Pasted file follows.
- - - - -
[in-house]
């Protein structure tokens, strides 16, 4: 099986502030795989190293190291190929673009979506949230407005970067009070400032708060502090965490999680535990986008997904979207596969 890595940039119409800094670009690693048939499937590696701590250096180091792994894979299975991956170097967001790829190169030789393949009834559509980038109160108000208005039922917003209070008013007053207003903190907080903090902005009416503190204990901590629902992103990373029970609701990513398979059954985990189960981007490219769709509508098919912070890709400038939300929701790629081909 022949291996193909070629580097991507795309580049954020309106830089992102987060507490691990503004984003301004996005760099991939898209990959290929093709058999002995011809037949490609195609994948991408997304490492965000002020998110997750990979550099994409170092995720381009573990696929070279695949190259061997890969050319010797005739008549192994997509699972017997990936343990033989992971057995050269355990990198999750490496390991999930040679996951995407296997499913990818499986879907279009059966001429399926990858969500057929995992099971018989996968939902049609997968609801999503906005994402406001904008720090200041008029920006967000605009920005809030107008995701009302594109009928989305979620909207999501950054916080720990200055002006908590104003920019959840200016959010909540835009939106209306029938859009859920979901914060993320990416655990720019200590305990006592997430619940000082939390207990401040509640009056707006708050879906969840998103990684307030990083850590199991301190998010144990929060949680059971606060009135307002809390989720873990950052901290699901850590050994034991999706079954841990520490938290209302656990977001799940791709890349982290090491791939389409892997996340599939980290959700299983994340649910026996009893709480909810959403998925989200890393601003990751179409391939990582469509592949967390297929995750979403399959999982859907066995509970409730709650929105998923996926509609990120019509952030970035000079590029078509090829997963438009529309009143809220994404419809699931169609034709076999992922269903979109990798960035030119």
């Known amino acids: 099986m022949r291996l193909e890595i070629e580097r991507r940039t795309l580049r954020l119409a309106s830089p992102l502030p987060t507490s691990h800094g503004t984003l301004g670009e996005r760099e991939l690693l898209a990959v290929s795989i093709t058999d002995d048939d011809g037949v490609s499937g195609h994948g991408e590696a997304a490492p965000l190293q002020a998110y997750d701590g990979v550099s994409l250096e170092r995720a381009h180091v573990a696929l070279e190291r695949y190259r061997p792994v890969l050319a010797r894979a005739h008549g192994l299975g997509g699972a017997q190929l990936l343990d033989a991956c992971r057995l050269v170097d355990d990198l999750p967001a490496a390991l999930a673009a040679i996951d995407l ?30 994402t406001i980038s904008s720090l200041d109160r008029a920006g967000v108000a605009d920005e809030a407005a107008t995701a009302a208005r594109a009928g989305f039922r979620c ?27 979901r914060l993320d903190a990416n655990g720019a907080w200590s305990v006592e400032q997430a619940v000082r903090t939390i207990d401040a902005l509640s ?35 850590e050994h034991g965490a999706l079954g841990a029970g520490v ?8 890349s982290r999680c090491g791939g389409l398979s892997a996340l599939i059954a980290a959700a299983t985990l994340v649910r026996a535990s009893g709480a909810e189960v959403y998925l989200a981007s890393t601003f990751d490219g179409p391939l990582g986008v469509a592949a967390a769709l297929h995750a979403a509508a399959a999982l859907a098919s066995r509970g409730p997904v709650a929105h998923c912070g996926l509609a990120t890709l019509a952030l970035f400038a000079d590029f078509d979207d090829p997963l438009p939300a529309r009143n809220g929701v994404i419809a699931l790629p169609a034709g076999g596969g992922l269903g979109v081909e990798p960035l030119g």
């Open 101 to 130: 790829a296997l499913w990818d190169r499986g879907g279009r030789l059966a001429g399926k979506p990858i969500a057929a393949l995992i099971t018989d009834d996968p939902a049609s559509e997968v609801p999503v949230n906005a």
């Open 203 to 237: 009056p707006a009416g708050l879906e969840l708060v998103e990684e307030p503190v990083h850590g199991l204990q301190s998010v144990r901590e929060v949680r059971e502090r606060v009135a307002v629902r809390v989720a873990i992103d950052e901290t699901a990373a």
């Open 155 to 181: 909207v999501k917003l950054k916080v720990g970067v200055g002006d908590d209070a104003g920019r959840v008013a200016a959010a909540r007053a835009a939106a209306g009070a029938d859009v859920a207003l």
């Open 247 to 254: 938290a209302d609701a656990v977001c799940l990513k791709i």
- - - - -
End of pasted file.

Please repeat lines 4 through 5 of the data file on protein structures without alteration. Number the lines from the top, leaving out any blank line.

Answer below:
């Open 101 to 130: 790829a296997l499913w990818d190169r499986g879907g279009r030789l059966a001429g399926k979506p990858i969500a057929a393949l995992i099971t018989d009834d996968p939902a049609s559509e997968v609801p999503v949230n906005a």
């Open 203 to 237: 009056p707006a009416g708050l879906e969840l708060v998103e990684e307030p503190v990083h850590g199991l204990q301190s998010v144990r901590e929060v949680r059971e502090r606060v009135a307002v629902r809390v989720a873990i992103d950052e901290t699901a990373a």